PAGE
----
Supporting Children’s Mental Health: Tips for Parents and Educators

Create a sense of belonging. Feeling connected and welcomed is essential to children’s positive adjustment, self-identification, and sense of trust in others and themselves. Building strong, positive relationships among students, school staff, and parents is important to promoting mental wellness.

Promote resilience. Adversity is a natural part of life and being resilient is important to overcoming challenges and promoting good mental health. Connectedness, competency, helping others, and successfully facing difficult situations can foster resilience.

Develop competencies. Children need to know that they can overcome challenges and accomplish goals through their actions. Achieving academic success and developing individual talents and interests helps children feel competent and more able to deal with stress positively. Social competency is also important. Having friends and staying connected to friends and loved ones can enhance mental wellness.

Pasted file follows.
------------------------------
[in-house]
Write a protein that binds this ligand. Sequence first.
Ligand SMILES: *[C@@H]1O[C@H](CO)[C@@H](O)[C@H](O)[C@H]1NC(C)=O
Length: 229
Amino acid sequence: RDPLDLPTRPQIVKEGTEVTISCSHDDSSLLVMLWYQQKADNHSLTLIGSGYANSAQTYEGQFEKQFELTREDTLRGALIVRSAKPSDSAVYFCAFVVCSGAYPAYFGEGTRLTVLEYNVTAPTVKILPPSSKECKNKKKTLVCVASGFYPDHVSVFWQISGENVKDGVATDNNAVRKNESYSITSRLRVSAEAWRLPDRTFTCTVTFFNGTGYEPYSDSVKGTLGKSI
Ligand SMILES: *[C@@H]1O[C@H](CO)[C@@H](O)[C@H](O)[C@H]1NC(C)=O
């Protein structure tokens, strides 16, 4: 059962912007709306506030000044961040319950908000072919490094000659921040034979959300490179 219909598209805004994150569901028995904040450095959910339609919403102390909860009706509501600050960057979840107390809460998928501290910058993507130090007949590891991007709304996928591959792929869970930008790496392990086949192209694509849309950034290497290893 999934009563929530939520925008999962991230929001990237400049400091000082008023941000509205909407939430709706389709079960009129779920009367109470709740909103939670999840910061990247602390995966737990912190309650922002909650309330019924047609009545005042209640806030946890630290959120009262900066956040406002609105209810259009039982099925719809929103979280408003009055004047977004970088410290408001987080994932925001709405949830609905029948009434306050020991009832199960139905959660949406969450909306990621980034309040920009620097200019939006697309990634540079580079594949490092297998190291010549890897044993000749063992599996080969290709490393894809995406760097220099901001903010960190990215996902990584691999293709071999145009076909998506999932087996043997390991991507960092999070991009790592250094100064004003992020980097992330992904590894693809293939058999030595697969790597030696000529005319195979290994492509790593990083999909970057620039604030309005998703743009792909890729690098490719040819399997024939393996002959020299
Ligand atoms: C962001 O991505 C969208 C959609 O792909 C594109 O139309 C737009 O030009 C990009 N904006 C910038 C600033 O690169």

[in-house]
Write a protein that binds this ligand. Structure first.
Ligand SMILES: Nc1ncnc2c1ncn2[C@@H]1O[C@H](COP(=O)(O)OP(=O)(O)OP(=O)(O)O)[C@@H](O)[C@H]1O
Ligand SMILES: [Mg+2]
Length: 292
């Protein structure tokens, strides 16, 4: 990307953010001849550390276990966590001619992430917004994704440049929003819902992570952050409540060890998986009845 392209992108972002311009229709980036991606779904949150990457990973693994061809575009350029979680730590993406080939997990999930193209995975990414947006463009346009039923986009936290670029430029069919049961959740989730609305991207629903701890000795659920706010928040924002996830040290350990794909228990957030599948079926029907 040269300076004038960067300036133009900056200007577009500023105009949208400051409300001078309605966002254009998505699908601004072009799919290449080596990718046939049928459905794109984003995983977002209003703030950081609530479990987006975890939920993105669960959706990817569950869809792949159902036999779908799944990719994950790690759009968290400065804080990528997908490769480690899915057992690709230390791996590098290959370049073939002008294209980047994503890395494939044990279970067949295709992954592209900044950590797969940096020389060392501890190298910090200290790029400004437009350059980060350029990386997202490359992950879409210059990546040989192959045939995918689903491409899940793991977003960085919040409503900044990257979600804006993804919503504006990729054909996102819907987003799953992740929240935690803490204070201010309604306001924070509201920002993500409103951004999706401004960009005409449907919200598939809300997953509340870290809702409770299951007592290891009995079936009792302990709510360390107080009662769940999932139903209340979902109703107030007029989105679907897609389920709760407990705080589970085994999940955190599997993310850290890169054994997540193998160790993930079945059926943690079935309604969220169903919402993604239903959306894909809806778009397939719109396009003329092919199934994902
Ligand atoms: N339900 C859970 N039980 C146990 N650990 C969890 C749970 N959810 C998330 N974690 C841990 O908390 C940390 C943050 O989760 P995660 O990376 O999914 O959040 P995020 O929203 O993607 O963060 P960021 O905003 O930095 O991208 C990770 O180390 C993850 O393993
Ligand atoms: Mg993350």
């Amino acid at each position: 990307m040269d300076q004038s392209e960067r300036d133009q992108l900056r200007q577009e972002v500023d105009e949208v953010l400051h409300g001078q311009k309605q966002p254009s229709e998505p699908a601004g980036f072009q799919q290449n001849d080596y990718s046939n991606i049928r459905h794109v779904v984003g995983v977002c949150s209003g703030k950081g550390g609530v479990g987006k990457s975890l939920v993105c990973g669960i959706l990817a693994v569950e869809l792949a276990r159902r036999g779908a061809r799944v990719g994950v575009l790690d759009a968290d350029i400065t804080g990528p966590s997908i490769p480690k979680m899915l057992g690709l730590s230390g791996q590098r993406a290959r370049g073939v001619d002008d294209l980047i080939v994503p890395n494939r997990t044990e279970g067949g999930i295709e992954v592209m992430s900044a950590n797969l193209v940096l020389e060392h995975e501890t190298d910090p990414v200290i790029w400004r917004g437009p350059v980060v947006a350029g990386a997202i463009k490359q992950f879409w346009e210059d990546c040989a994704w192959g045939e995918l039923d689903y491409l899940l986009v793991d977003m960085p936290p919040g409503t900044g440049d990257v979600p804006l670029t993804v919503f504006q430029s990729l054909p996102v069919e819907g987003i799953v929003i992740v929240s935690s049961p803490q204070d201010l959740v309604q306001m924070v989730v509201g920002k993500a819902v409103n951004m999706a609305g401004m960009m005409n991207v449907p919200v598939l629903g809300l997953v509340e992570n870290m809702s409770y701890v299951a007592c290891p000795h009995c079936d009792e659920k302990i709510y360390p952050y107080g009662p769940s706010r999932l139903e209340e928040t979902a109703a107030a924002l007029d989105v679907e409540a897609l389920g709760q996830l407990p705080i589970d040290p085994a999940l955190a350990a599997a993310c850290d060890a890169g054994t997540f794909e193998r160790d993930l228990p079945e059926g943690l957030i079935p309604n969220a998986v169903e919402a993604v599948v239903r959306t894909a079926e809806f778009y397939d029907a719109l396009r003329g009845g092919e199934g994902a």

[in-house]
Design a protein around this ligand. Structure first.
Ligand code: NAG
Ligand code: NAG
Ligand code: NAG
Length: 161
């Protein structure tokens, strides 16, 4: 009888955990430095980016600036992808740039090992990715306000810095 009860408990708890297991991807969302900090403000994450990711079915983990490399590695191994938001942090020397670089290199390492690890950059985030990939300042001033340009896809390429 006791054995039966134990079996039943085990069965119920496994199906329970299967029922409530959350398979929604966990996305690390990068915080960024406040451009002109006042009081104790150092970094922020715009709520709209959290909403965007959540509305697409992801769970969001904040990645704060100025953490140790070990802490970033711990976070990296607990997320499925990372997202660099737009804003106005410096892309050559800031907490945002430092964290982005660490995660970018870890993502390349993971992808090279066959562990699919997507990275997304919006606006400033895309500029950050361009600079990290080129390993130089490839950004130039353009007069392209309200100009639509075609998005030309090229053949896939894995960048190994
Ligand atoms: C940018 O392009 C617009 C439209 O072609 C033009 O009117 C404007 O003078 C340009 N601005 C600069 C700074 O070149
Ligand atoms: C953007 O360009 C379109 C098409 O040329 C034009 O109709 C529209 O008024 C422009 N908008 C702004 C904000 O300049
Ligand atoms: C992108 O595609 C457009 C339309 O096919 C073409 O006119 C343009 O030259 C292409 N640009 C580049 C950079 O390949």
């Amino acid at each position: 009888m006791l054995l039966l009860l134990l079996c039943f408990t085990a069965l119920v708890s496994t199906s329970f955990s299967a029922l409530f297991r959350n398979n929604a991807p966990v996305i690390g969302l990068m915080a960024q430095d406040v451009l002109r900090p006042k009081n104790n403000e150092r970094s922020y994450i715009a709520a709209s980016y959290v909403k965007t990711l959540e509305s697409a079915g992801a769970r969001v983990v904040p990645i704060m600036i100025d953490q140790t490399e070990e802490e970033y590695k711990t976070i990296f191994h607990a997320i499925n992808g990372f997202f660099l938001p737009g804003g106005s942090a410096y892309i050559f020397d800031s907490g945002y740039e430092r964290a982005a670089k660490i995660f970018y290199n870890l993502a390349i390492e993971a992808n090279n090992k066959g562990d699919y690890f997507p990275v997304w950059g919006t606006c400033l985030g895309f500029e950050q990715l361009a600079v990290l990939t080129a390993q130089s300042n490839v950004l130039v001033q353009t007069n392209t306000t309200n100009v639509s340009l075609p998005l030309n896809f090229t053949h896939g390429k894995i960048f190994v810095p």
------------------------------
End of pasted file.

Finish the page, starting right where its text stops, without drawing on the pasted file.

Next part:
Ensure a positive, safe school environment. Feeling safe is critical to students’ learning and mental health. Promote positive behaviors such as respect, responsibility, and kindness. Prevent negative behaviors such as bullying and harassment. Provide easily understood rules of conduct and fair discipline practices and ensure an adult presence in common areas, such as hallways, cafeterias, locker rooms, and playgrounds. Teach children to work together to stand up to a bully, encourage them to reach out to lonely or excluded peers, celebrate acts of kindness, and reinforce the availability of adult support.

Teach and reinforce positive behaviors and decision making. Provide consistent expectations and support. Teaching children social skills, problem solving, and conflict resolution supports good mental health. “Catch” them being successful. Positive feedback validates and reinforces behaviors or accomplishments that are valued by others.